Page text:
Episode 1, Puttenham 1559 – John Duncombe’s Story
I’ve just about had it up to here with the Puttenham family, particularly that scoundrel Richard Puttenham. They treat everyone else as inferior while everyone knows that Richard and his brother George are always up to no good, travelling around Europe, getting themselves into financial scrapes and cheating on their wives. And frequently falling out between themselves.
It was different when their parents Robert and Anne owned the Puttenham Manor; they were good people and you could trust them in their dealings with everyone in Puttenham and outside. But nine years ago, in 1550, they made the mistake of conveying ownership of the Manor to their second son Richard and this led to an unfortunate series of events involving my family.
About two years after that, my father – also called Richard – heard that Richard Puttenham was short of money as usual and wanted to sell the Manor. The rumour was that he would be open to a quick deal and that he wanted payment on a yearly basis, via quantities of malt, sheep and lambs, no questions asked. This suited Dad very much as he had lots of these supplies on his farm but not much ready money available.
My father was a trusting soul and appears to have signed some sort of written agreement. This was not a problem for the first few years as the deal seemed to be working well; Dad loved owning and running the Puttenham Manor and was well liked by the people there.
But then he died in 1556 and ownership passed to me. Just after I visited Puttenham for the first time as owner, I received a message by courier from Richard Puttenham saying that he was planning to resume ownership of the Manor because of my father’s failure to pay according to the sale agreement. I doubted this very much because Dad was scrupulous about paying his debts, though much less scrupulous about keeping records. For him a handshake was enough.
I went to see Puttenham at his place in Surrey and he was most unpleasant and unyielding. He produced copy receipts to show when my father had paid but there was nothing for 1555. Though I was convinced he was lying, I could not prove otherwise. I searched through all the papers which Father had kept but there was nothing to show otherwise. I did find a copy of the original agreement and all this showed was that Puttenham was within his rights if the 1555 payment had been missed; the sale was void if there were arrears of more than one year.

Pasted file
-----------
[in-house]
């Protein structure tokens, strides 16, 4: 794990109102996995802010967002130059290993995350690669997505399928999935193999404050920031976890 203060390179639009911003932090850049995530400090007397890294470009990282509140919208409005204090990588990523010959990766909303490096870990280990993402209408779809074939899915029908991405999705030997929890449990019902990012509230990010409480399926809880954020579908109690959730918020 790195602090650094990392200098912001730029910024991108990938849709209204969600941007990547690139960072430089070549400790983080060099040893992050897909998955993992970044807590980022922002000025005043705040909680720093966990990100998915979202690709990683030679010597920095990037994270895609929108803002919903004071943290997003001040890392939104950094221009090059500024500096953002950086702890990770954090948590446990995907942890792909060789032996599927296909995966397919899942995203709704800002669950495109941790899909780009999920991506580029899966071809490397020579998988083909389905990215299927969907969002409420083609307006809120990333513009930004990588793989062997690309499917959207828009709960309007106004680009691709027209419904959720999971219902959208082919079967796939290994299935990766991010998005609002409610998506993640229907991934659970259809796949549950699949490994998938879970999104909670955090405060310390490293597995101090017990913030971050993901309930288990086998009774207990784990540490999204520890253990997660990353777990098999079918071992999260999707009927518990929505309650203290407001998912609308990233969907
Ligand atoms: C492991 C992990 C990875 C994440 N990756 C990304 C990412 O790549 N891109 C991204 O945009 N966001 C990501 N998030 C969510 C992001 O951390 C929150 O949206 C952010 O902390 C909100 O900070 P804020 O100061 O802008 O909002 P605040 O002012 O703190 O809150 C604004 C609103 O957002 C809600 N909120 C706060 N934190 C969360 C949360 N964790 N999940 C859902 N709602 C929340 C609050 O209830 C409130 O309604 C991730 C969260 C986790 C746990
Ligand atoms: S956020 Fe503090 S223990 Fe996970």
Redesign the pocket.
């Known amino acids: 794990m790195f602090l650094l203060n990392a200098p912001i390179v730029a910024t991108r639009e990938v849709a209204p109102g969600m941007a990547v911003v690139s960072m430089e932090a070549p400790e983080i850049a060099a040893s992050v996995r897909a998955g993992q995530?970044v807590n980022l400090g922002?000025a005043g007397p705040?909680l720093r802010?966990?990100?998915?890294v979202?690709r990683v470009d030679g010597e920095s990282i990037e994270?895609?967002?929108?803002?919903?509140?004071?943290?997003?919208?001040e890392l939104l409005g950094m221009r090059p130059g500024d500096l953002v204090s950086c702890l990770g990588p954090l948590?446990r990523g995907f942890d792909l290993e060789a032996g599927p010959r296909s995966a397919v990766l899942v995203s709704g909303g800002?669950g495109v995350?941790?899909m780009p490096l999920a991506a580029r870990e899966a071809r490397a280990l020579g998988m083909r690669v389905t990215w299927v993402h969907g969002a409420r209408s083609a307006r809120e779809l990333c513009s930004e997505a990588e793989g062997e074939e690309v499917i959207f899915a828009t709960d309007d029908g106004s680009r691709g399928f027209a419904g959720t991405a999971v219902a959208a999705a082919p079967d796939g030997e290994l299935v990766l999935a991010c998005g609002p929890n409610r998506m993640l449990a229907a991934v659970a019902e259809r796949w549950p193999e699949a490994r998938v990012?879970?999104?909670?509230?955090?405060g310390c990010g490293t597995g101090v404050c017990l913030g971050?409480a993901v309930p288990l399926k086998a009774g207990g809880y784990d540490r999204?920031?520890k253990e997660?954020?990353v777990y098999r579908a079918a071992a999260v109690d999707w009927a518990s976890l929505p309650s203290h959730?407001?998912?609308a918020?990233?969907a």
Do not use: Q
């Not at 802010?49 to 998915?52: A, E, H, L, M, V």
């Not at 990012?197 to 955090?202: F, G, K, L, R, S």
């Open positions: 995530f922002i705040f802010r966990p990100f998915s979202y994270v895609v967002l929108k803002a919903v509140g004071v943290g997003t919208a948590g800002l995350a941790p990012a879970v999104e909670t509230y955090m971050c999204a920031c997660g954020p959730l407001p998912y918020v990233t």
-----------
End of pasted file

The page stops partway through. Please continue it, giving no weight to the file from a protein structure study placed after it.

But I am not going to give up. I may not have written evidence but I will try to find people who knew of the arrangement and saw the transfers of produce taking place. I will engage a lawyer to advise me and take the case to one of these Justices of the Peace that Cardinal Wolsey has appointed. I hear that they take legal dispute cases in Hertford once a month.
I will not allow the Puttenham family to get away with this. Surely the courts will rule in favour of our family – which is known for its straight dealings – rather than in favour of a man who is well known for his disputes with the authorities and matrimonial offences.
The sources for this episode are Margaret Vincent’s History of The Church and Manor of Puttenham and the History of Puttenham as contained on British History online. This content has been enhanced by some assumptions about the likely feelings of an aggrieved party in these circumstances.